My experience with gestational diabetes wasn’t all bad, although I certainly wish it hadn’t been so long. Because I was diagnosed at 17 weeks and my pregnancy lasted nearly 42 weeks, I tested my blood sugar and maintained a strict diet for 25 weeks, or more than six months. It was so long that I completely filled the tracking log and had to make my own pages for the last few weeks. Good grief.
During labor, my blood sugar was tested every six hours. I didn’t have regular food intake, so the tests weren’t timed to two hours after eating. In fact, the numbers were usually higher than the 120 two hours after eating limit that I’d stuck to for those six months. Hearing the higher numbers stressed me out, but they were fine because they could be explained by juice or other intake. And I think they were testing more to be sure I didn’t bottom out.
My (induced) labor lasted more than 24 hours, so my blood was tested at least four times. The first time it was tested as I was being checked in, and the nurse pricked my finger on the pad – something you never actually do because it hurts much more than a prick on the side of the finger. It bled profusely and led me to remind the other nurses doing blood glucose tests to please use the side of the finger for the next two draws. I don’t even remember the last test though, since that would have happened during the drama of nearing pushing, or maybe they waited until after my baby was born to do one more test.
After her birth (you can read our birth story here), my daughter’s blood was tested every few hours for the first day or so of her life. Her numbers were great, so there was never any problem for her or concern about needing to supplement with glucose water, which would have been needed if her blood sugar levels were too low.
As for me, after birth I was told I could eat a “normal” diet, and my doctor recommended a non-diabetic meal like a cheeseburger (in my glucose log reporting any time I’d had a spike it was always a cheeseburger with me, and I had mentioned that in my notes when I emailed my logs). I happily obliged, although it took the hospital nearly five hours after the birth to get food to me!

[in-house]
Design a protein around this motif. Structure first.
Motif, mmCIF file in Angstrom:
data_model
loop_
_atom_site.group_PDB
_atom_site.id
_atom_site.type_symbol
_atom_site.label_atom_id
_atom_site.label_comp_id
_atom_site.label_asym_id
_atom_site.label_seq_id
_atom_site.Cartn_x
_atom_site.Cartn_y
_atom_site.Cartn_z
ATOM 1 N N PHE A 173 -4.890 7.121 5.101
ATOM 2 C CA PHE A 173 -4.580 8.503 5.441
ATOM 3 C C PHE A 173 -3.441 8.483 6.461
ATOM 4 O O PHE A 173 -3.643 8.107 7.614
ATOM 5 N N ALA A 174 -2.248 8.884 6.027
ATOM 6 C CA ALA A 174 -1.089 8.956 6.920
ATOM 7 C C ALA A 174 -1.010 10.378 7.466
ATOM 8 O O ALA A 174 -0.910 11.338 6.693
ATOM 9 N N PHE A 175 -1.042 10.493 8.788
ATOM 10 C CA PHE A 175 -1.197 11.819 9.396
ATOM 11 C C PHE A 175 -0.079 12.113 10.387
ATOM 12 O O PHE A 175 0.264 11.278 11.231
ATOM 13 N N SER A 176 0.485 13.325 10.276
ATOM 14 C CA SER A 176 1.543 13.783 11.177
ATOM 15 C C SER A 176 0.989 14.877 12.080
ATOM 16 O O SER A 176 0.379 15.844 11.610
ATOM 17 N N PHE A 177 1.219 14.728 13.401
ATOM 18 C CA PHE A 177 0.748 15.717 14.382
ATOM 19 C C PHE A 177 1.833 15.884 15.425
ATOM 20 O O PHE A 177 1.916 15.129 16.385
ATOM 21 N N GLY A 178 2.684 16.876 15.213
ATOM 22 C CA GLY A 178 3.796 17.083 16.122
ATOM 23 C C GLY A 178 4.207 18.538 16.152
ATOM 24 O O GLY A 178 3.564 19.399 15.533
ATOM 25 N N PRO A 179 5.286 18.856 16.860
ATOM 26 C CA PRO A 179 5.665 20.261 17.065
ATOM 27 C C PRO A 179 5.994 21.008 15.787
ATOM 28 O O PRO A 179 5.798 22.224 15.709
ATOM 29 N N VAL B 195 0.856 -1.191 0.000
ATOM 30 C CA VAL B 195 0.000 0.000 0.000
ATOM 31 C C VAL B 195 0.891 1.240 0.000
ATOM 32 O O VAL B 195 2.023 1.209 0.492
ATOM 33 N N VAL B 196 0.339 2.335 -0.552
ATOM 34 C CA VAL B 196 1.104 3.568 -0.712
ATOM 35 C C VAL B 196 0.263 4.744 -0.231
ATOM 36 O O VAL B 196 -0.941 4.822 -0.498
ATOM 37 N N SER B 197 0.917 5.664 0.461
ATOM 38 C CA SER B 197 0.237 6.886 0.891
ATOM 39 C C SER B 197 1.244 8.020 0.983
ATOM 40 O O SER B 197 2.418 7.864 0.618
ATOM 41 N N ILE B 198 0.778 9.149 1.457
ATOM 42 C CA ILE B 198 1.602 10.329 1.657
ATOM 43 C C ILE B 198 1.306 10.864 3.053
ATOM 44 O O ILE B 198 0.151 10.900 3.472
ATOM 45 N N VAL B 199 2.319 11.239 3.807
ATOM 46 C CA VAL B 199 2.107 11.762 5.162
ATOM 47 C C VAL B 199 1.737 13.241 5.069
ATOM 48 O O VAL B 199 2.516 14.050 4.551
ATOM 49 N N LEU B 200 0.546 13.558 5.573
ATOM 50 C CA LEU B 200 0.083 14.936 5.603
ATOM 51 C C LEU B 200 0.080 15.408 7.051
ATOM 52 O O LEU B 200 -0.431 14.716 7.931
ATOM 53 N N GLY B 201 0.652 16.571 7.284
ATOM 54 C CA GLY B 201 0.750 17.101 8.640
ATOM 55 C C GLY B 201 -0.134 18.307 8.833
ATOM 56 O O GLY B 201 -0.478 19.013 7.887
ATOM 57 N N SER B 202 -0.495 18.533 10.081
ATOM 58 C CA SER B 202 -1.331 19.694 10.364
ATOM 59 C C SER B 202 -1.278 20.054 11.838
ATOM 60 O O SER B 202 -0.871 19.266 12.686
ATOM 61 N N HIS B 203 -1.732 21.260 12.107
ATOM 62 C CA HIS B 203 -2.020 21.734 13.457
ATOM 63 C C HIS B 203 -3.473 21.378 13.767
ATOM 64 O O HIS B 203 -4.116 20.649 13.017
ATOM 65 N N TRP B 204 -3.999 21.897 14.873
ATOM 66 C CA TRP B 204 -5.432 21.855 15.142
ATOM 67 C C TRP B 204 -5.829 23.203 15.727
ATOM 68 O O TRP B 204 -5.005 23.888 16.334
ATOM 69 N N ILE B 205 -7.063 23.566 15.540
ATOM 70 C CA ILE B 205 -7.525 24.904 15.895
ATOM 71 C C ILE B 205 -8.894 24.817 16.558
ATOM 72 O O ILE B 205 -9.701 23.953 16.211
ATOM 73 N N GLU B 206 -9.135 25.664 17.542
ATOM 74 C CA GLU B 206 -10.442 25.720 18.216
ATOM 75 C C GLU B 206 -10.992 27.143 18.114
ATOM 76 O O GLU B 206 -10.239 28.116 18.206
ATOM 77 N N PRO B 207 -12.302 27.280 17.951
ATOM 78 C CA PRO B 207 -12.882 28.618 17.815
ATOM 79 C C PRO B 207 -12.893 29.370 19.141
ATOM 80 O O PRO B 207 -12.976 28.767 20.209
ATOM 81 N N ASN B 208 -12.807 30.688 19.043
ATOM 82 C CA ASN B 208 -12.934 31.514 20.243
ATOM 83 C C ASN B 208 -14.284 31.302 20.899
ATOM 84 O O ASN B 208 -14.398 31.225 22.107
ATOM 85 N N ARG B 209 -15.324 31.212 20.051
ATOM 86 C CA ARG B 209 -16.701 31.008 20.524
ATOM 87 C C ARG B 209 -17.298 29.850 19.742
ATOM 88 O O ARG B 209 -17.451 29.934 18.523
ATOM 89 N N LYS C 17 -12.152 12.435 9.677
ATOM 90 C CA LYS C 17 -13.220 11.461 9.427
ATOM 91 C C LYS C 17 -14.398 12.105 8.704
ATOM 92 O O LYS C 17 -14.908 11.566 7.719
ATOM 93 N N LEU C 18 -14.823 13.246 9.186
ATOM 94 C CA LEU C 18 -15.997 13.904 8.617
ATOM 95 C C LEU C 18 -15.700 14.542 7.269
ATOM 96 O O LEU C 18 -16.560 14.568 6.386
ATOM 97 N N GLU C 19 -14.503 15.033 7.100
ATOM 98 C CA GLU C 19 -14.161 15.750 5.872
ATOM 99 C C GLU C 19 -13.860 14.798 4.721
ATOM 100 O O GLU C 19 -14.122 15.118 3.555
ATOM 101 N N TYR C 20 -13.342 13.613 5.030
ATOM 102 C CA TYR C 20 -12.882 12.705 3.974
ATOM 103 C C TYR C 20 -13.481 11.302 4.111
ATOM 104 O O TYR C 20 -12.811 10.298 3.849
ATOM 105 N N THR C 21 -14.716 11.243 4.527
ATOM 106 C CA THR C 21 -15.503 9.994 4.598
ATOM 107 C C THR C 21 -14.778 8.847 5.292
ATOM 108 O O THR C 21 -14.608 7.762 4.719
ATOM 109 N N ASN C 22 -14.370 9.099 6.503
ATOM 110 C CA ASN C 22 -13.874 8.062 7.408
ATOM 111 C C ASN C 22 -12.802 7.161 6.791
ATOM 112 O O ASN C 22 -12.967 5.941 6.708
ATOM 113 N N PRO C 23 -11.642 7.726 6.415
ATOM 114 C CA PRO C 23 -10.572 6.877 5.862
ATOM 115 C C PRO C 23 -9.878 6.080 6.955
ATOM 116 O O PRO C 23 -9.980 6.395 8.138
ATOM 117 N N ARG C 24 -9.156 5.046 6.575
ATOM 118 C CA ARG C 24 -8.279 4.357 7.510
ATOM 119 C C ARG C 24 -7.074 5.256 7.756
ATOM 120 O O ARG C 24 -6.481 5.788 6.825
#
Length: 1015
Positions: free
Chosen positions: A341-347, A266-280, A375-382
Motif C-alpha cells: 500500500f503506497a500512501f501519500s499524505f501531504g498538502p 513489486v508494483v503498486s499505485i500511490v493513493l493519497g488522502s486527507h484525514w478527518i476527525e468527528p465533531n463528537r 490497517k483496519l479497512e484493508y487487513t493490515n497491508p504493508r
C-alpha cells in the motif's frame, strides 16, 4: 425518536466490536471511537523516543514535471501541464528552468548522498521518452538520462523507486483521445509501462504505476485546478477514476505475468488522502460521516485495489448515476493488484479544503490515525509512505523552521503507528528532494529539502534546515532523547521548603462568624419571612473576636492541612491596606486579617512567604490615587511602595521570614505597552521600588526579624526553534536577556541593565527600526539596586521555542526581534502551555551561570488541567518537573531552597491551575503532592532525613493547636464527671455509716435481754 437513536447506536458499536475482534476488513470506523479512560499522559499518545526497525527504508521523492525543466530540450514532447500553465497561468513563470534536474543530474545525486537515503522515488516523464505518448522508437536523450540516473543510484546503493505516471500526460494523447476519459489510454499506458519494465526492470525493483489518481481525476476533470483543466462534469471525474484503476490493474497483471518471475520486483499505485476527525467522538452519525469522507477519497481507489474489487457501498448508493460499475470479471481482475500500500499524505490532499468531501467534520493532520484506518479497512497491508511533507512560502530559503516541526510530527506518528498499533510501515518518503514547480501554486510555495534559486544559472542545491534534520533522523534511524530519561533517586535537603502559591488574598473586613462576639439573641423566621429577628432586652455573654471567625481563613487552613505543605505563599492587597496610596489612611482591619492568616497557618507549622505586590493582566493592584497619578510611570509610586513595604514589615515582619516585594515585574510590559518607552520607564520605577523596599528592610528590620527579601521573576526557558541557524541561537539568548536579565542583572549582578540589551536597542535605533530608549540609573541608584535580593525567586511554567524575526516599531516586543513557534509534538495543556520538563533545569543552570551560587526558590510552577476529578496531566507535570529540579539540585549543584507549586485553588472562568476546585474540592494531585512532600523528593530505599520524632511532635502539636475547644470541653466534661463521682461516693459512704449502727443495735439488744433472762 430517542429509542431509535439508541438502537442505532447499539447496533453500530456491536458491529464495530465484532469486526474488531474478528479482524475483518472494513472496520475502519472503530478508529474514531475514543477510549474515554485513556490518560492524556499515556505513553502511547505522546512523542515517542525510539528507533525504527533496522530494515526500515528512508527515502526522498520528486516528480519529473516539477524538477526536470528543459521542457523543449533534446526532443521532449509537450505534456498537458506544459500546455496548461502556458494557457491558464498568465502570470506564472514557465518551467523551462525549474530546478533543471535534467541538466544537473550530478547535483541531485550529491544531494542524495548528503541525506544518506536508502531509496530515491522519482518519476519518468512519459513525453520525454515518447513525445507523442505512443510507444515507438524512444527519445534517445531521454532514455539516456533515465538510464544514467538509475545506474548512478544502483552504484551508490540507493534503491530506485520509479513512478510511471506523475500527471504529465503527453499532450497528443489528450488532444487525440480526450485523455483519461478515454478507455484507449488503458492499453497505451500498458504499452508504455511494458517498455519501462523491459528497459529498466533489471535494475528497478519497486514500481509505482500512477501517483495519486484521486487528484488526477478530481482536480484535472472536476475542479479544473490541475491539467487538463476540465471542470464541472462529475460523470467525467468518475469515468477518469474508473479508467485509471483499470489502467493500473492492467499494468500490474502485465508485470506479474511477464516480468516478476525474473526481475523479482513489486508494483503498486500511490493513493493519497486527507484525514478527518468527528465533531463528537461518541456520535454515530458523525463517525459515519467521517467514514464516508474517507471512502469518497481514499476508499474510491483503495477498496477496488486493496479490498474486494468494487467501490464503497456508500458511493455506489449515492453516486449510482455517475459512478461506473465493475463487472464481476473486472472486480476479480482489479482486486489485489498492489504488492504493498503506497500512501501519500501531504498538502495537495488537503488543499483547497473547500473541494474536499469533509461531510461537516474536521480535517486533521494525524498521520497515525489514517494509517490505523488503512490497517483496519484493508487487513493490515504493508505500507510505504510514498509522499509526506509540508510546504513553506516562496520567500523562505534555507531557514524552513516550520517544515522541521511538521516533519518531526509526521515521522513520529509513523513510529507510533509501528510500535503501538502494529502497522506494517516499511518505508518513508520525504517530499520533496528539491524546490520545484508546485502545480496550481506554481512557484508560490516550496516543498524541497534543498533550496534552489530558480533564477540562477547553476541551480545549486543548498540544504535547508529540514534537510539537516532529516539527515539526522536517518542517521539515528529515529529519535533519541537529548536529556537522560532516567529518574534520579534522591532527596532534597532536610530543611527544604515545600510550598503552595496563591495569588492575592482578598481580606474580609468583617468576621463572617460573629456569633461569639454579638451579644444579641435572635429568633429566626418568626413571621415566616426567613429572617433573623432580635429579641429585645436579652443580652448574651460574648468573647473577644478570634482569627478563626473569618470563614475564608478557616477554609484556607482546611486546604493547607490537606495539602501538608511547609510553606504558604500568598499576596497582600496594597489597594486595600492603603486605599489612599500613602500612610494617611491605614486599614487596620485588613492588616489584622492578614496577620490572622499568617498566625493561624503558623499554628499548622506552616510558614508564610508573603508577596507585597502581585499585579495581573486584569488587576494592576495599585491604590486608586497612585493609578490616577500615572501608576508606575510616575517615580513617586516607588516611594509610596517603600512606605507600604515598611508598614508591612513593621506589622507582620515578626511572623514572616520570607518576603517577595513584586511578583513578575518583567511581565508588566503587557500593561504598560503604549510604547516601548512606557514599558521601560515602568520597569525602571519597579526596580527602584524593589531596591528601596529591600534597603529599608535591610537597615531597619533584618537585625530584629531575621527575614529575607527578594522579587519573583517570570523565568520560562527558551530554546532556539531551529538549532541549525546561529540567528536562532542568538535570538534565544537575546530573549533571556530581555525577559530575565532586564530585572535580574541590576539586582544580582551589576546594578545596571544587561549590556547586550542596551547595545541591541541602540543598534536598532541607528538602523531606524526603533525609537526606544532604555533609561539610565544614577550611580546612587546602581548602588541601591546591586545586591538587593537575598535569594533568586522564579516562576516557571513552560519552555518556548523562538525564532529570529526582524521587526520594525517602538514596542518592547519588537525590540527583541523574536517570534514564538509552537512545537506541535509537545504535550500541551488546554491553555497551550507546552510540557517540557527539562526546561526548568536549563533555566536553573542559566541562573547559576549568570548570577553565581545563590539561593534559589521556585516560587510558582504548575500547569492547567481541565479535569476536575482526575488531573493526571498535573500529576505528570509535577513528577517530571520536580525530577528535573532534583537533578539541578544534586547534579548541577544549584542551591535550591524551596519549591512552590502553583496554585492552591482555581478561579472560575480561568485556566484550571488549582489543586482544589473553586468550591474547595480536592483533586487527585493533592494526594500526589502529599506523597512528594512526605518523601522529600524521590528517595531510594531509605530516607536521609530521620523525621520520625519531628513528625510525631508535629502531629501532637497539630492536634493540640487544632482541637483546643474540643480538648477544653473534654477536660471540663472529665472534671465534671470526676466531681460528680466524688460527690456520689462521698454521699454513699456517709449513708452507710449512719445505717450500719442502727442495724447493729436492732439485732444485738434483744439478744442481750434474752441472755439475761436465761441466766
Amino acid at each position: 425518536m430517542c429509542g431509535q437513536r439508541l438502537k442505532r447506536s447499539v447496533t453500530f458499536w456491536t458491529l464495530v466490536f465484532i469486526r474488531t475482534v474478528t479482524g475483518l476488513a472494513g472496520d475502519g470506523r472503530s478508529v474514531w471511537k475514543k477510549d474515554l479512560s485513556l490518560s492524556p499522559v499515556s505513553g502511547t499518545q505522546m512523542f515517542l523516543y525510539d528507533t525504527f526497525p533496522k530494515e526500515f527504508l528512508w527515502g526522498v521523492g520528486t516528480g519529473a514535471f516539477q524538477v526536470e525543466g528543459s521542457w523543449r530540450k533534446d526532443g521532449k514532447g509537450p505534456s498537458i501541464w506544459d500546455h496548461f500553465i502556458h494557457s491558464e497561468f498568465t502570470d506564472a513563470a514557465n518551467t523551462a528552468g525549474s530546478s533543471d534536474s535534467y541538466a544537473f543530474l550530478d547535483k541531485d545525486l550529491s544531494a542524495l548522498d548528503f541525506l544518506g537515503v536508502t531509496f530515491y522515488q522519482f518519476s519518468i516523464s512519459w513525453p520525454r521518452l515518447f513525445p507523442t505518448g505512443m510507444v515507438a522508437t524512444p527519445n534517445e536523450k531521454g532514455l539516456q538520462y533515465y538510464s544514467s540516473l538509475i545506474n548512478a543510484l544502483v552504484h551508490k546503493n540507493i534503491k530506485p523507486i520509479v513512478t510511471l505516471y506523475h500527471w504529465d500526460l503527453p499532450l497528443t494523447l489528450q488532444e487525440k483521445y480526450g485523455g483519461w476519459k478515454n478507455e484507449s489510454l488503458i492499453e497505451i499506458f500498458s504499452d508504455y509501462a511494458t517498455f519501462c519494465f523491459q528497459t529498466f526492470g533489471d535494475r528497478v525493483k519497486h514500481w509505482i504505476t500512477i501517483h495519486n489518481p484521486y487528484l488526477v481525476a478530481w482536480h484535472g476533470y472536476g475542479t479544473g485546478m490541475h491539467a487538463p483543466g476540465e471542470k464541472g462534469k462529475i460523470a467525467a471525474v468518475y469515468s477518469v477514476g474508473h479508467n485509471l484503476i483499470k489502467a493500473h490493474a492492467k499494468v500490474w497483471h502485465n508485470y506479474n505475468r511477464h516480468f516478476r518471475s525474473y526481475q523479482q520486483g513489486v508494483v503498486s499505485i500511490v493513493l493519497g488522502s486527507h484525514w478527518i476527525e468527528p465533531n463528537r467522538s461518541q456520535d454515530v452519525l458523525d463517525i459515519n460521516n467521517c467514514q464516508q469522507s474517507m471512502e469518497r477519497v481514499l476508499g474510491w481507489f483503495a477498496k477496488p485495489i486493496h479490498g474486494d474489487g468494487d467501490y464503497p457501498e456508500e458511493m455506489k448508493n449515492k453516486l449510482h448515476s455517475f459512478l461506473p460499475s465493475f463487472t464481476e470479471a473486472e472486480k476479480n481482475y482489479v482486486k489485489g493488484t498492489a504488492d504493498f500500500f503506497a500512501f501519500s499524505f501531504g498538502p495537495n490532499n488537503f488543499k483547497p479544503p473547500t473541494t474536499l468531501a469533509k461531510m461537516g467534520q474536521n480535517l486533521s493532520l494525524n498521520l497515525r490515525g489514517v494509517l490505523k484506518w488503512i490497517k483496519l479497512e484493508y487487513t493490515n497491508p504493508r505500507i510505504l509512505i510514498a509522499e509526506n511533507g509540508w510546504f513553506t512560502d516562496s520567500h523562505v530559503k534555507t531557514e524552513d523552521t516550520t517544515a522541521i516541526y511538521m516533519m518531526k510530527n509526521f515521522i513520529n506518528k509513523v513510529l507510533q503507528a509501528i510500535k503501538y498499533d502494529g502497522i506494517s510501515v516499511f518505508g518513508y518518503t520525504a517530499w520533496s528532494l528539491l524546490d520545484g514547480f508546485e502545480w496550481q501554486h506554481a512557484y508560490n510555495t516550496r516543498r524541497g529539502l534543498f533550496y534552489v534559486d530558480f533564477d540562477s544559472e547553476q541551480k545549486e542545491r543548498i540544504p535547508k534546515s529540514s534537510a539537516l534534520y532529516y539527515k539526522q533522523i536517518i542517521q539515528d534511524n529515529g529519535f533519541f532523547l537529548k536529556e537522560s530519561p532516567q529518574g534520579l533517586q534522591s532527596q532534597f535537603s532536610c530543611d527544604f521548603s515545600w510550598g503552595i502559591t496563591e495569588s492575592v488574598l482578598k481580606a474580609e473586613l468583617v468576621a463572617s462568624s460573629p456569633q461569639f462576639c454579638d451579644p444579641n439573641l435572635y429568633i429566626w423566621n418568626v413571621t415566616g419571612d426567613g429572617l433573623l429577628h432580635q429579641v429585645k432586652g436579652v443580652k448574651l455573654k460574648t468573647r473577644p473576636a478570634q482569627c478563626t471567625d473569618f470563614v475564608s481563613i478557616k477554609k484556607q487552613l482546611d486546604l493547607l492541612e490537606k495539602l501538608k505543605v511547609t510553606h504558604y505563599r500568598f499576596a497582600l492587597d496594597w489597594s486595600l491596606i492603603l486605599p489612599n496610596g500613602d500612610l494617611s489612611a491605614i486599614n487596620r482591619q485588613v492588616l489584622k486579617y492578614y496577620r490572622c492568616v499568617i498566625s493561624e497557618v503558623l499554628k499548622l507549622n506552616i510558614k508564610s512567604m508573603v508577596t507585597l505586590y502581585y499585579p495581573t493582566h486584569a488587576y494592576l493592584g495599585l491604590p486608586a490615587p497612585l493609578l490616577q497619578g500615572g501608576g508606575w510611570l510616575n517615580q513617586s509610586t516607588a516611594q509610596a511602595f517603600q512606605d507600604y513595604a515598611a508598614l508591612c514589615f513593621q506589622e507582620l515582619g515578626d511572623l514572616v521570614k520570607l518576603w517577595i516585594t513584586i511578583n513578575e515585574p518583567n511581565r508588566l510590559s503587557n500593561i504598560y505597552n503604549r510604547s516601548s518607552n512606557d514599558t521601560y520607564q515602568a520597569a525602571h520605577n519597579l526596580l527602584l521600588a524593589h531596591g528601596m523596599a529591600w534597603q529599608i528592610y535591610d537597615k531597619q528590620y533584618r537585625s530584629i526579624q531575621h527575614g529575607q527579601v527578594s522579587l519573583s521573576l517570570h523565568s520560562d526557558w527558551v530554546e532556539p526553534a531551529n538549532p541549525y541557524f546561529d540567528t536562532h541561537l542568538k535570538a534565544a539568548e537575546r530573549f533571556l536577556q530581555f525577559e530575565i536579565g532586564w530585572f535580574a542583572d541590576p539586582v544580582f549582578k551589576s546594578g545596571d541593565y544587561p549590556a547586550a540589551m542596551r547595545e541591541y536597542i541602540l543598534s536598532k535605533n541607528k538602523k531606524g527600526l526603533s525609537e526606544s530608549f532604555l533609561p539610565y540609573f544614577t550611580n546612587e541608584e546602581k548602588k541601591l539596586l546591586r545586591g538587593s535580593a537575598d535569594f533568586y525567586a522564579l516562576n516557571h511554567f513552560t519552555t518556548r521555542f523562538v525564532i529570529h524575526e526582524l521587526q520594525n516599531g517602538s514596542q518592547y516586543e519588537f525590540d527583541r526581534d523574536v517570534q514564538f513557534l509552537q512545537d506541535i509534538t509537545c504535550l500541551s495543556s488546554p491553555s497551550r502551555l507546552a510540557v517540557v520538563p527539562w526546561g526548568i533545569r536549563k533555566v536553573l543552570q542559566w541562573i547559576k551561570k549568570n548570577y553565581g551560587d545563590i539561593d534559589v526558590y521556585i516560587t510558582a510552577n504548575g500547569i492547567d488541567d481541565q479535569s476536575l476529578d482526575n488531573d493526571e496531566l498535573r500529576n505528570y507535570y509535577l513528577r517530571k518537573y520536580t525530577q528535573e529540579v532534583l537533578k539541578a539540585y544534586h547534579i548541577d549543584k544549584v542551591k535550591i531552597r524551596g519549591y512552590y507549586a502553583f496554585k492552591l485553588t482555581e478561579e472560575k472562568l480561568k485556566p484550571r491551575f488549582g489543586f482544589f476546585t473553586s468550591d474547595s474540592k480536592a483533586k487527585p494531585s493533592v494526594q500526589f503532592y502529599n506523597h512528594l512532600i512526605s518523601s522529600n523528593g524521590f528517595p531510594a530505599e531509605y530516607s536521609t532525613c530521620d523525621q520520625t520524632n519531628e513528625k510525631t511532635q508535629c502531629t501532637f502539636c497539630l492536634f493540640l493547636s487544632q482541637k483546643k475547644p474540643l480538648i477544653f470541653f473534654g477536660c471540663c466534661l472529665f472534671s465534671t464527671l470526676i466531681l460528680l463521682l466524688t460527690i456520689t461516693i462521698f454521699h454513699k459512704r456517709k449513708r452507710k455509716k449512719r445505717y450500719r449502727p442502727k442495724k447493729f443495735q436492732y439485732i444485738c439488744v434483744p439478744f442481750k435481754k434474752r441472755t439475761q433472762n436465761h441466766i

I also ate a Cadbury Crème Egg that I’d had my husband buy for me (if I bought it I’d have eaten it!). My gestational diabetes was diagnosed just before Halloween, so I missed trick-or-treat candy, Thanksgiving food, a cake for my birthday, Christmas treats, Valentine’s Day chocolates and Easter treats. My baby was born the week after Easter Sunday, so the chocolate egg was still good if no longer “in season.” It tasted AMAZING.
My sweet tooth hadn’t disappeared, and resuming normal eating has been challenging because I want to eat ALL THE THINGS, specifically all the carbohydrates and sweet things. Getting breastfeeding established also increased my appetite, and I’m a voracious eater normally. I’m still working to find a balance for my diet, but I know I can. I learned a lot while managing the gestational diabetes, and I know I want to do everything in my power to avoid having type 2 diabetes, for which I’m at a greater risk now. I will have to have another glucose challenge test at some point, but my doctor said we could wait until after I’m finished nursing.
All in all, gestational diabetes was annoying but manageable. I’m certainly glad it’s in my rear view mirror, and I hope it stays there!
Mari Walker lives in Baton Rouge with her husband, Shawn, and daughters Jane (born November 2011) and Livia (born March 2016). A freelance communications professional originally from Oklahoma, Mari also blogs at silvermari.com.